The Grace Spitfire ML407
The Grace Spitfire ML407 has been gracing the skies above the Battle Proms for many summers, with a meticulously choreographed display to the opening pieces of the orchestral performance. The arrival of this iconic plane always brings the crowd to their feet and a tear to many an eye.
Image courtesy of Darren Harbar
The Grace Spitfire ML407 was originally built at Castle Bromwich in early 1944 as a Mark IX single seat fighter and served in the front line of battle throughout the last twelve months of World War II with six different allied Squadrons of the RAF’s 2nd Tactical Air Force. ML407 flew a total of 176 operational combat sorties amassing an impressive total 319 combat hours. ML407 was delivered to 485 New Zealand Squadron on the 29th April 1944 by Jackie Moggridge, one of the top lady pilots of the Air Transport Auxilllary (ATA), where it became the ‘mount’ of Flying Officer Johnnie Houlton DFC who was accredited, whilst flying ML407, with the first enemy aircraft shot down over the Normandy beachhead on 6th June D-Day.
In December 1944 ML407 was transferred to 341 Free French Squadron to Sergeant Jean Dabos. It then moved on through various Allied Squadrons – 308 (Polish) Squadron, 349 (Belgian) Squadron, 345 (Free French) Squadron, 332 (Norwegian) Squadron and back to 485 (New Zealand) Squadron at the cessation of hostilities. ML407 then went into a Maintenance Unit where it remained until being selected by Vickers-Armstrongs at Eastleigh, Southampton for conversion in 1950 to the two seat configuration for the Irish Air Corps as an advanced trainer. ML407 changed to 162 and flew to Baldonnel. Flying a further 762 with the IAC the aircraft was put into storage and offered for sale in 1968. Sir William Roberts eventually bought the aircraft for his museum in Strathallan.
Into Battle Sitting on the Front Line
Design Engineer Nick Grace, having always wanted to fly a Spitfire, acquired ML407 in late 1979 from the Strathallan Museum and spent five years meticulously restoring the Spitfire to flying condition in it’s two seat configuration incorporating what is known as the ‘Grace in line Canopy Conversion’ which Nick designed to remove the bulbous rear canopy to a more streamlined version to keep the original line of the Spitfire intact. Nick completed this incredible project in early 1985 and on the 16th April the Grace Spitfire flew again with Nick’s capable hands at the controls and Carolyn in the rear cockpit.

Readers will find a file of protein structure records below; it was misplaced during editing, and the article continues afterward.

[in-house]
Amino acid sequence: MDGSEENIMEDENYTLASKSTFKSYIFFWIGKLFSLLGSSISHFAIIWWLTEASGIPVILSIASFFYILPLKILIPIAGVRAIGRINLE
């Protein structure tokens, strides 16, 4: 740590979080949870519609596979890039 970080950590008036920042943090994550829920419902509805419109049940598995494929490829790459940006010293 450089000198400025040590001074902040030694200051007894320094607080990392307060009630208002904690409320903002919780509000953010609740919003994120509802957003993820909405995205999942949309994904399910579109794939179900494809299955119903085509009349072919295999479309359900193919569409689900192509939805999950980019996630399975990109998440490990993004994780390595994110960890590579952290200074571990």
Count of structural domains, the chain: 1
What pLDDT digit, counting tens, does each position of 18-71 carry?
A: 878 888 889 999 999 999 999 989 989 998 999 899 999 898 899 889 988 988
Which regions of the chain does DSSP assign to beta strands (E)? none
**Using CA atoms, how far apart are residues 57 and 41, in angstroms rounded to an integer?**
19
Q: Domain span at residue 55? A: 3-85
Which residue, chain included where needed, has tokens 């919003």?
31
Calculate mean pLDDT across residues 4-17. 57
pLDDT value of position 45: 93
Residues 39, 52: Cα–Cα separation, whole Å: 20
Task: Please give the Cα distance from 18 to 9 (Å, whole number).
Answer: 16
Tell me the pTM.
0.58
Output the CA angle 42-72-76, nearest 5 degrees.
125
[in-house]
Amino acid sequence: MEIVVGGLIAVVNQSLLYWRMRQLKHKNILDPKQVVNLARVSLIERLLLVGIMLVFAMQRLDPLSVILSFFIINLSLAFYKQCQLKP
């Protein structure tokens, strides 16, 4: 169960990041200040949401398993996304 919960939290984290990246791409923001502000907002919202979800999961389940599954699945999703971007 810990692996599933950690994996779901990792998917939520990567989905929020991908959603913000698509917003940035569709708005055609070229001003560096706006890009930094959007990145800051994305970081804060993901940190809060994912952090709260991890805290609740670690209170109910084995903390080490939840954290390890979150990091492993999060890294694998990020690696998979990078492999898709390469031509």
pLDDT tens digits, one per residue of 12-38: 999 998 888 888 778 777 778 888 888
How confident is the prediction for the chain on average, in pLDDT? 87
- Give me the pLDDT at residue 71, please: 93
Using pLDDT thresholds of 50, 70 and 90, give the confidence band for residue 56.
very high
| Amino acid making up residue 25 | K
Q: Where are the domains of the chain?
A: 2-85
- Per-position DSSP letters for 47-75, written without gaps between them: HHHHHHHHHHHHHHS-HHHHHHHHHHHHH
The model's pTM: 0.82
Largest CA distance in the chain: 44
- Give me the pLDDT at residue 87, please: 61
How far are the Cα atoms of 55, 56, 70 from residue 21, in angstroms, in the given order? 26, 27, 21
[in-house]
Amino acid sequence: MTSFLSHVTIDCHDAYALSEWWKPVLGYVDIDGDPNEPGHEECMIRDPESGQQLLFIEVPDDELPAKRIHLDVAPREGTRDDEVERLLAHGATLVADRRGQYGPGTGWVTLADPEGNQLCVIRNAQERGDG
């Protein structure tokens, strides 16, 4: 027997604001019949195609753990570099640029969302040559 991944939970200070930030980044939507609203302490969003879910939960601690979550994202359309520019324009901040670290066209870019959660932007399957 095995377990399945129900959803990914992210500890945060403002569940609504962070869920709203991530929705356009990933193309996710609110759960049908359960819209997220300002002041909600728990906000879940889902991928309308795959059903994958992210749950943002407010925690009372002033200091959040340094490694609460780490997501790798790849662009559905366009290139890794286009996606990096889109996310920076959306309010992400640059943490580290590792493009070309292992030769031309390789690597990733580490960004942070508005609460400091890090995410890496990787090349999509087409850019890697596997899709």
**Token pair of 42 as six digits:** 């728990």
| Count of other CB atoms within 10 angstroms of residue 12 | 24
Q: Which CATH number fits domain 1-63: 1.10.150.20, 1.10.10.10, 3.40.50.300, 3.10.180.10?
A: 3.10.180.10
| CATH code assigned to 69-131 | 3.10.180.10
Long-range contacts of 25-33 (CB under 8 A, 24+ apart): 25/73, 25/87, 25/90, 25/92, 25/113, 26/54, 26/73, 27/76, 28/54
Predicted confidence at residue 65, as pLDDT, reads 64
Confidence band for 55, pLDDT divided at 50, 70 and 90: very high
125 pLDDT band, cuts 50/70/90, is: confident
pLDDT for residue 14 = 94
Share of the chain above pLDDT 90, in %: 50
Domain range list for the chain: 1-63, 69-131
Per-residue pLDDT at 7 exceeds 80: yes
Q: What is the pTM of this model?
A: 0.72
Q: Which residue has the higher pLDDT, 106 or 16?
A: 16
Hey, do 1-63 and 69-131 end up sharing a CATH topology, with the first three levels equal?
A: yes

First Engine Run - 1985 First Flight - 1985
Nick went on to fly the Spitfire at many Airshows throughout the UK and Europe. A cruel twist of fate occurred when Nick was tragically killed in a car accident in 1988 leaving his widow Carolyn and their two children, Olivia aged 5 and Richard aged 4. Carolyn knew there needed to be a Grace flying ML407 and so took on the immense task of learning to fly the Spitfire.
Carolyn went solo in ML407 in 1990 and the Spitfire ML407 became known as the Grace Spitfire in tribute to and in memory of Nick Grace. Carolyn attained her display authorisation in the Grace Spitfire in 1991 and carried on to add an Aerobatic and Formation qualification over the next two years. Carolyn had displayed the Grace Spitfire for 25 years amassing over 900 hours on Spitfires before retiring from flying in 2017.
It was the intention of Nick Grace for his Spitfire, now the Grace Spitfire, to carry on for generations to come, and with his untimely death Carolyn took up the gauntlet of keeping this aircraft flying. Now the next generation is not only maintaining the aircraft but is flying the aircraft just as Nick Grace did.
The Grace Spitfire is now based at Sywell Aerodrome and is meticulously maintained by a Team of Engineers, led by Richard Grace, at Air Leasing Ltd. Richard, along with Air Leasing’s select team of pilots, flies the Grace Spitfire for various displays, airshows and passenger flights, including the Battle Proms Concerts every July and August.
It is the generosity of JLT Insurance Brokers, who sponsor the insurance for the Grace Spitfire, that plays such an important role in the continued success of this truly historic Spitfire.